HARARE, ZIMBABWE — Kudzai Chideme, 42, stepped into the teaching profession after completing her diploma in marketing and failing to secure a job in the private sector. It was 2008. At the time, finding work in public education was relatively easy, but Zimbabwe’s hyperinflation had led to a severe devaluation of teacher salaries.
Chideme recounts how her first monthly salary amounted to the equivalent of about 15 United States dollars, not enough to afford groceries in the rural community 143 kilometers (89 miles) west of Harare where she lived and worked. Her first assignment was teaching geography and Shona, one of Zimbabwe’s official languages, in secondary school. “Things were really bad,” she says. “I remember with my first lump-sum salary [equal to three months’ salary], I was only able to buy a reed mat and clay pot.”
A glimmer of hope emerged a year later when, in 2009, the government dollarized the economy to bring financial stability to the country.
Civil servants’ wages were gradually reviewed and increased. By 2013, Chideme’s salary was bumped to 540 US dollars (3.3 million Zimbabwean dollars) a month. Together with her husband, who is also a secondary school teacher, she managed to buy a piece of land in Harare, where they built a three-bedroom cottage. The couple could even afford a live-in maid to help them take care of their two children. For the first time, Chideme could afford a comfortable lifestyle, but it didn’t last.
In an effort to stabilize the exchange rates and manage the country’s liquidity challenges, Zimbabwe reverted to using the local currency in 2019. That year, due to a loss of currency value, teachers’ salaries plunged. After the government introduced the so-called “cushioning allowances” to civil servants — a measure to protect public sector employees from hyperinflation — Chideme’s salary and that of her husband fluctuated around 280 US dollars (1.7 million Zimbabwean dollars) a month. The comfort they’d previously enjoyed vanished. “I had no peace of mind after getting paid,” she says. “I survived like someone who was not going to work.”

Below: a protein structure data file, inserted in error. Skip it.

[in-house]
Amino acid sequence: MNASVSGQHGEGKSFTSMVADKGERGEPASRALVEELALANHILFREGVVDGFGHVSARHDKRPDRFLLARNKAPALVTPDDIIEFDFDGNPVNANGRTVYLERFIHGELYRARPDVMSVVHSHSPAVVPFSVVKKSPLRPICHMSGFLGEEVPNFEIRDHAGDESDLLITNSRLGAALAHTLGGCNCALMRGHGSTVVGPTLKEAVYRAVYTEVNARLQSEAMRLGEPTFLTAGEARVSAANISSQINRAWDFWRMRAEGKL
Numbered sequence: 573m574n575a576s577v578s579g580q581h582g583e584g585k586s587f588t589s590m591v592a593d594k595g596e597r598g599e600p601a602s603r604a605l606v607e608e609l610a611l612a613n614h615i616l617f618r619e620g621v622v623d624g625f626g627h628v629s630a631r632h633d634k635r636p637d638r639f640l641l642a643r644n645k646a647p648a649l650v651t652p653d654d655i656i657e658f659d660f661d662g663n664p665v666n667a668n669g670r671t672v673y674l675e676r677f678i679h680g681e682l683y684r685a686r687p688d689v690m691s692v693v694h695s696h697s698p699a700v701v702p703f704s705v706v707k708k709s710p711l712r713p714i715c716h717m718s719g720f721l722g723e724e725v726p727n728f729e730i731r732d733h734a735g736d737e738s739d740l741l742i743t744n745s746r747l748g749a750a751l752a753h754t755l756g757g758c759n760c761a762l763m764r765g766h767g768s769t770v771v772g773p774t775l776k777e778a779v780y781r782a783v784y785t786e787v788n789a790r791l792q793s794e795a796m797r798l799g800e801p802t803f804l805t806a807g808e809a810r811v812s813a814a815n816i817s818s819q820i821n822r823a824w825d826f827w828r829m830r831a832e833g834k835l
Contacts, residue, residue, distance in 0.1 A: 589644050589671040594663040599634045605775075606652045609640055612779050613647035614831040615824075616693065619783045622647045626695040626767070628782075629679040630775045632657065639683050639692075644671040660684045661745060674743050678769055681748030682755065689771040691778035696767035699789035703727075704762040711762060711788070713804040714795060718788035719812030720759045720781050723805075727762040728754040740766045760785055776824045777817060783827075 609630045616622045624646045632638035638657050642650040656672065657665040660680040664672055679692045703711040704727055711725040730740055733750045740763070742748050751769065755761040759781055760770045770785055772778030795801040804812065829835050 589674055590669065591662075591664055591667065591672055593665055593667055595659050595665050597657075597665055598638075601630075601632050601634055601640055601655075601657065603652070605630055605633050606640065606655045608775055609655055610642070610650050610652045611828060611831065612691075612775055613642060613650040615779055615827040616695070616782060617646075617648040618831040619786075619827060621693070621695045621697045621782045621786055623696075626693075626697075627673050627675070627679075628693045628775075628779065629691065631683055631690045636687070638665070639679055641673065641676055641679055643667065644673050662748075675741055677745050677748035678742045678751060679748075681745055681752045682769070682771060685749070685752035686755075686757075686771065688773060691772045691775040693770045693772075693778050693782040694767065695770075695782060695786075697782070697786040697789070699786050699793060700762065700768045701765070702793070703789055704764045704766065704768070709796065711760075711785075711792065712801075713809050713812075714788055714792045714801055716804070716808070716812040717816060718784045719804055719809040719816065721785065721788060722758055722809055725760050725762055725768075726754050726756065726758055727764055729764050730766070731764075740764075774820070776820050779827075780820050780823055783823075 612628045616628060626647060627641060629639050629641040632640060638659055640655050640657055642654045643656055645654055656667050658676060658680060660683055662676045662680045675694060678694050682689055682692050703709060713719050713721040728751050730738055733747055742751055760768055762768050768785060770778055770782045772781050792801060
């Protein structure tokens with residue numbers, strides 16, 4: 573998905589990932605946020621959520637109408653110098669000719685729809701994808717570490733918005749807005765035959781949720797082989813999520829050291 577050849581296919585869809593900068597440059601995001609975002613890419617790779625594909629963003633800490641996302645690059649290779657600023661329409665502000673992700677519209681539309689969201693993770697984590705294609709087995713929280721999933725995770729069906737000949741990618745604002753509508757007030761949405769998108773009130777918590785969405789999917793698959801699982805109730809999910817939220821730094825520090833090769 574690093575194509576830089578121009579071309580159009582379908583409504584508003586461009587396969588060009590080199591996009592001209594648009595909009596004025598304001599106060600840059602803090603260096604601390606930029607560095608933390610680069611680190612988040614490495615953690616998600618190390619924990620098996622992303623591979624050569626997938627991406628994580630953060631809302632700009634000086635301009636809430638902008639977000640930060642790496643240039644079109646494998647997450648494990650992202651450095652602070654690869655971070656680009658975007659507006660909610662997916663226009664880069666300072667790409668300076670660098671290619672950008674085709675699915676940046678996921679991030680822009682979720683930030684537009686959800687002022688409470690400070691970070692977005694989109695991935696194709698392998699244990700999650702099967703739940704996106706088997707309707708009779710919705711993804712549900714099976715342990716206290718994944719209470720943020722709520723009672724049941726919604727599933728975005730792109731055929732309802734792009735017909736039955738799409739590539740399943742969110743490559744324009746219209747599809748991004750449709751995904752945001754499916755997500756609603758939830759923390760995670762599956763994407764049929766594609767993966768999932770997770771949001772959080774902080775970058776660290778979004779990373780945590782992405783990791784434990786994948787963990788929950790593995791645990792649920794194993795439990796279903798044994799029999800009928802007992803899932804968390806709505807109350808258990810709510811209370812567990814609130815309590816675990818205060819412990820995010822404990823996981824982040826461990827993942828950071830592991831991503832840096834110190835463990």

In May 2023, Chideme resolved to quit her job and leave her husband and children, including the latest addition to her family, a newborn, and migrated to the United Kingdom to work as an adult care worker. “It was a very difficult and horrid experience for me to leave my small baby,” she says. “It still pains me, but I had no option. I told myself that the sacrifice is worth it.”
Chideme hasn’t been the only teacher in her school to quit because she couldn’t make ends meet. Out of 38 teachers who worked at her public school in Harare, six resigned in the last year.
GAMUCHIRAI MASIYIWA, GPJ ZIMBABWE
It is a nationwide pattern. According to the latest available data, from a report by the Ministry of Primary and Secondary Education, in 2019, 826 teachers in Zimbabwe resigned, out of a total of 7,307 who stopped working in the school system for various reasons, including retirement and discharge. Education experts say that teachers’ resignations are driven by salary erosion and that the exodus is showing no signs of slowing down, with some teachers leaving for other professions and some for other countries.
Raymond Majongwe, secretary general of the Progressive Teachers Union of Zimbabwe (PTUZ), estimates that in the last year, 20,000 teachers have quit their jobs for other professions while remaining in the country. “Some have joined private organizations and others have been taken up in their family businesses,” Majongwe says, adding that many are leaving the country entirely.
“As far as the PTUZ statistics are concerned, between 2022 and 2023, we lost between 1,000 and 1,800 teachers who left the union for prospects in various countries,” he says.
Obert Masaraure, president of the Amalgamated Rural Teachers Union of Zimbabwe, says that a survey his union conducted between October 2022 and October 2023 revealed that about 4,000 teachers leave the country annually.
Global Press Journal was not able to independently verify the data shared by the two unions.
“Teachers are leaving in droves,” Masaraure says. “Those who are still in Zimbabwe are desperately searching for exit routes.”
The monthly starting salary for public school teachers is currently about 1,003,700 Zimbabwean dollars (164 US dollars) plus a monthly US dollar allowance all civil servants receive. In July 2023, the government increased the civil servant allowance from 250 to 300 US dollars, but teachers say it’s still not enough to meet their basic needs. The cost of a family basket of six — which refers to monthly expenses for groceries and utilities, as well as education and health care — stood at 540 US dollars as of July 31, 2023, according to the Consumer Council of Zimbabwe. The Ministry of Primary and Secondary Education did not reply to Global Press Journal’s request for comment.
The exodus of teachers is adding to an existing shortage. According to the education statistics report published by the Ministry of Primary and Secondary Education, Zimbabwe needs 197,000 teachers to meet its workforce demand.